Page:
The horses had been restless when Reno and Eve emerged from the mine the previous day, and were restless much of the night. Shortly after dawn, Reno and Eve were awakened by the sound of three rapidly fired shots from a six-gun.
Without a word, both of them got up and dressed quickly. Instead of wearing boots, Reno pulled on knee-high moccasins of the kind favored by Apaches, some Comancheros, and Caleb Black, who was the quietest man on the stalk that Reno had ever seen.
Wish I were that good, Reno thought grimly. I’d send him out to find out what’s riling the horses while I did what I’m good at — shooting and mining, not sneaking around like a shadow.
Reno shoved the spyglass in his belt, strapped on his six-gun and bandolier, and picked up his repeating rifle.
«Stay with the horses,» Reno said.
«Promise me,» he interrupted urgently. «I don’t want to shoot you by mistake.»
«What if I hear more gunfire?»
«When I come back to camp, I’ll come in from the opposite direction. Shoot anything that comes in from the front of the valley.»
Eve closed her eyes, then opened them and looked at Reno as though she were afraid it was the last time.
«How long will you be gone?» she asked.
«I’ll be back before dark.»
Reno turned away, then turned back and gave Eve a kiss that was both tender and fierce.
«Don’t follow me. Be here when I get back, sugar girl.»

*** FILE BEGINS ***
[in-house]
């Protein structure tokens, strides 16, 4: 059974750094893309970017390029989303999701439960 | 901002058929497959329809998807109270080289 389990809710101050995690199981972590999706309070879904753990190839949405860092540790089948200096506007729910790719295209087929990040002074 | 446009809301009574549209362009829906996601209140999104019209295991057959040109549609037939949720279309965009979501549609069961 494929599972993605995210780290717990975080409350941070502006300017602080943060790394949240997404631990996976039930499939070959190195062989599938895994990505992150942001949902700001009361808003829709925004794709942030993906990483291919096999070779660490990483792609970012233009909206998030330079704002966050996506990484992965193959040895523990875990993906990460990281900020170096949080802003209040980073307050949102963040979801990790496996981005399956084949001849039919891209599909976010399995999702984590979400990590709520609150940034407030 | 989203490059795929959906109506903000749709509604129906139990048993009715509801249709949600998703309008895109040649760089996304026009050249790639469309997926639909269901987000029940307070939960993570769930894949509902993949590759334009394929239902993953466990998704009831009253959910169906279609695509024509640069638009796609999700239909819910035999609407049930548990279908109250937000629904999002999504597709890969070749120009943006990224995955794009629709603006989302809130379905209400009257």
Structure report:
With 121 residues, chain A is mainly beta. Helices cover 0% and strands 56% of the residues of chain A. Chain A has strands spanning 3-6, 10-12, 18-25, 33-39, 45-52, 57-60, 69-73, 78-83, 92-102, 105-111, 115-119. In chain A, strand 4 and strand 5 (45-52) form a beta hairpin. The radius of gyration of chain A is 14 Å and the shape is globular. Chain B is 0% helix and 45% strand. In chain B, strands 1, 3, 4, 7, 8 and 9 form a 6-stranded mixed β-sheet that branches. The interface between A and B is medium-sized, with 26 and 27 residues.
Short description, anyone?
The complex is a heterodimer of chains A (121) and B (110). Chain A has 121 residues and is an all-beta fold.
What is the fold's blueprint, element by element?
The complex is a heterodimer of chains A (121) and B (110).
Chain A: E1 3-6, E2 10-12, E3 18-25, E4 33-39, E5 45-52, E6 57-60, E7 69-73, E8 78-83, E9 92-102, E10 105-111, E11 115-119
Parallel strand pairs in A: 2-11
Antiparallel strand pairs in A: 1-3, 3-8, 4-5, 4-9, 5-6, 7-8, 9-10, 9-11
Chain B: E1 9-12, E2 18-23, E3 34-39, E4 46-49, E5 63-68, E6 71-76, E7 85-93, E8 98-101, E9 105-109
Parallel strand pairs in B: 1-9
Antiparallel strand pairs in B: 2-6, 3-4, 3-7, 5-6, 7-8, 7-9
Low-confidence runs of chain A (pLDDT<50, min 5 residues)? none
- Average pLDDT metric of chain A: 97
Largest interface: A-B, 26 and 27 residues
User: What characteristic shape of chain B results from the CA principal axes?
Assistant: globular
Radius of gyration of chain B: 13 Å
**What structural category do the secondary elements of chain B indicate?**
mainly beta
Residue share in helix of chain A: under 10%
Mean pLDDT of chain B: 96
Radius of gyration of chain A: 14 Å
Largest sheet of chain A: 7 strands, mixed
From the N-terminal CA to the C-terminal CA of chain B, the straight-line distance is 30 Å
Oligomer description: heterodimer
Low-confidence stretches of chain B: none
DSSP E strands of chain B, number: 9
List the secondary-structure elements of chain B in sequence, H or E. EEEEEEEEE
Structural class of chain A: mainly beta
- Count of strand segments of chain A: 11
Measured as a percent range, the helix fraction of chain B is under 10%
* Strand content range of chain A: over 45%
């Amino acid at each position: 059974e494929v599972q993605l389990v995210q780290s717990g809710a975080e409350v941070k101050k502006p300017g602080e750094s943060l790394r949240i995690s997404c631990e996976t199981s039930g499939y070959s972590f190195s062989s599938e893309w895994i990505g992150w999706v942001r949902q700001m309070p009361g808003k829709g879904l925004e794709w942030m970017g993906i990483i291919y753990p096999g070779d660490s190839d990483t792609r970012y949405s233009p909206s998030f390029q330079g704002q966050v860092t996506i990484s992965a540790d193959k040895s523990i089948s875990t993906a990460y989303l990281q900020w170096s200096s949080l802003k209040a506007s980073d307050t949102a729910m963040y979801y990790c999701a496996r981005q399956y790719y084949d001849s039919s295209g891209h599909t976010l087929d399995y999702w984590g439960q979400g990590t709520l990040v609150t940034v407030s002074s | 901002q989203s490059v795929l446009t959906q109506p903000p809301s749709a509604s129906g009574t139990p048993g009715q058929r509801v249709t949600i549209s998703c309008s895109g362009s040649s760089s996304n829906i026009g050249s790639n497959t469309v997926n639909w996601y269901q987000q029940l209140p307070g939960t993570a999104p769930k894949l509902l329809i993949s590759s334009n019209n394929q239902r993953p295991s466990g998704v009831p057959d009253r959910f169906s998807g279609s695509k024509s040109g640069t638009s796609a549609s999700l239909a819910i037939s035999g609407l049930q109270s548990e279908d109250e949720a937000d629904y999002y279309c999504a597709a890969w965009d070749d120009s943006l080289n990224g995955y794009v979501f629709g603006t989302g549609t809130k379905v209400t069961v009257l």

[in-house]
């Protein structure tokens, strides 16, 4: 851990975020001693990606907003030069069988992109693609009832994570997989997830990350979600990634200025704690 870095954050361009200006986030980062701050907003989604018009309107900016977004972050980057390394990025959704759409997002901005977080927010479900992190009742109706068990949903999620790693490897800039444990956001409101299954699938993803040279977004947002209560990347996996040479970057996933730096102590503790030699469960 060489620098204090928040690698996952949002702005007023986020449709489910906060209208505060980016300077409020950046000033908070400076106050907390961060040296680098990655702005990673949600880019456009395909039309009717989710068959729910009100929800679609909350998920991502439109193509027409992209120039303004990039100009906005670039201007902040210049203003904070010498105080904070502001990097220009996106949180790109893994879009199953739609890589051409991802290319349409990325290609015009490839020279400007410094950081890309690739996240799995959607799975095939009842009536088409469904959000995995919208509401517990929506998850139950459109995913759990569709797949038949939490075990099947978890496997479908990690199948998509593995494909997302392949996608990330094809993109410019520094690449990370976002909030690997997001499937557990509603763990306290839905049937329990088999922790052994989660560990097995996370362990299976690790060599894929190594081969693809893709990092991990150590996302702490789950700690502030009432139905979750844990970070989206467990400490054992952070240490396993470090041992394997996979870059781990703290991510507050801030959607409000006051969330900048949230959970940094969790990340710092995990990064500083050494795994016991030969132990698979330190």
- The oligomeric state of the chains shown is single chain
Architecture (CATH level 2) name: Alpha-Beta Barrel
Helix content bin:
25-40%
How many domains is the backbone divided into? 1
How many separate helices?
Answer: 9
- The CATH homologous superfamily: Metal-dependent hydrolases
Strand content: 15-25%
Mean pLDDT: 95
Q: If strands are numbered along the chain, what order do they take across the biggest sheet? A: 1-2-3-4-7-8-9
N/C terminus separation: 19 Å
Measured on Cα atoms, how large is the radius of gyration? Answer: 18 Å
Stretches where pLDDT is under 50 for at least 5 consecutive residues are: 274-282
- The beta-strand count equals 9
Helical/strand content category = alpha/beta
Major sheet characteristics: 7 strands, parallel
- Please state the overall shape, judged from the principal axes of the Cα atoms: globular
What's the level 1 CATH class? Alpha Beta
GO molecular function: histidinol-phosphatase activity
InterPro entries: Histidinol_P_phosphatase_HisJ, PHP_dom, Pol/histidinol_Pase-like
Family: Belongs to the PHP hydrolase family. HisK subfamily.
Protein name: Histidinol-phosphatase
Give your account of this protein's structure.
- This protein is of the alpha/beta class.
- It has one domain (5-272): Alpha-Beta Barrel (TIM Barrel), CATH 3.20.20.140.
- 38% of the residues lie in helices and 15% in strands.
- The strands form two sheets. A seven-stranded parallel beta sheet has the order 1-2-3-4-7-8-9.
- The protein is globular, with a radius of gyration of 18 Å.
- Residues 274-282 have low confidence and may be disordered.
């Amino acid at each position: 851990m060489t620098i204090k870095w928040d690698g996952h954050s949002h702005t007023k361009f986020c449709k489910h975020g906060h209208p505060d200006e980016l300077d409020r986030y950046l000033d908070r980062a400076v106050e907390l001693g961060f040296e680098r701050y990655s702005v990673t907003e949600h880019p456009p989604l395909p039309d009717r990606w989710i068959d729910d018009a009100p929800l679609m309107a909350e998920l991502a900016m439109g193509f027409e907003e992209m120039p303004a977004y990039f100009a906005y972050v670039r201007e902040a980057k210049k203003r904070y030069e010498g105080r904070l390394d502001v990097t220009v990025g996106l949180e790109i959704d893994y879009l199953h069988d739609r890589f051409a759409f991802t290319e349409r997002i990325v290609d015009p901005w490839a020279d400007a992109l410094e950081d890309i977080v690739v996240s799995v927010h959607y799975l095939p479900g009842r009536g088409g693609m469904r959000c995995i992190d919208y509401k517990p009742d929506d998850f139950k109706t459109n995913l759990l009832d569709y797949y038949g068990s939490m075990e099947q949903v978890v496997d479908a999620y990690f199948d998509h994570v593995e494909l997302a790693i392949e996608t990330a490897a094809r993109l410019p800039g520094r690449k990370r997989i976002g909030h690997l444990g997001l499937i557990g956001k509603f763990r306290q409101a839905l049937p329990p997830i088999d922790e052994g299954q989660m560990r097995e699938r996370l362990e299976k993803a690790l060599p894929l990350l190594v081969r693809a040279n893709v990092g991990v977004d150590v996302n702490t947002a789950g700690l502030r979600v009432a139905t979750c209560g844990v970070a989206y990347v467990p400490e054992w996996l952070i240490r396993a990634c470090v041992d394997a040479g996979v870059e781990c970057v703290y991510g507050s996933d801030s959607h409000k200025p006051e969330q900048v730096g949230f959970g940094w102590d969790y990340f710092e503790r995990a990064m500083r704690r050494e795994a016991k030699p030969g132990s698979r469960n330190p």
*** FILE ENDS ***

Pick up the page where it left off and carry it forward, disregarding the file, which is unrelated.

Eve’s arms tightened painfully around Reno before she let go and stepped back.
«I’ll be here.»
Without another word, Reno turned and began walking toward the mouth of the valley. He moved quickly over the meadow, keeping to the cover provided by the forest. The horses threw up their heads when they spotted him, then returned to their restless grazing when they recognized his scent.
Quickly Reno came to the place where the valley narrowed and the stream became a white cascade shooting between pincers of black rock. A game trail wound along one side of the cascade. Above the trail was a stand of squat, wind-blown spruce. Below it, at the end of the cascade, was a tiny, marshy meadow, another cascade, and then another, much larger valley with a rock-ribbed lake at one end.
Reno eased among the spruce trees and waited, motionless, until the birds and small animals returned to their normal patterns of movement. A fitful wind blew up the mountainside. The smell of smoke rode the wind.
So did the sound of men’s voices.
Reno settled more deeply into cover and waited. A short time later, two men appeared along the middle cascade. Their horses were gaunt, stringy, and tough as a boot. The riders were the same. They watched the ground and the surrounding countryside by turns. Each man wore a six-gun and had a rifle in a saddle scabbard.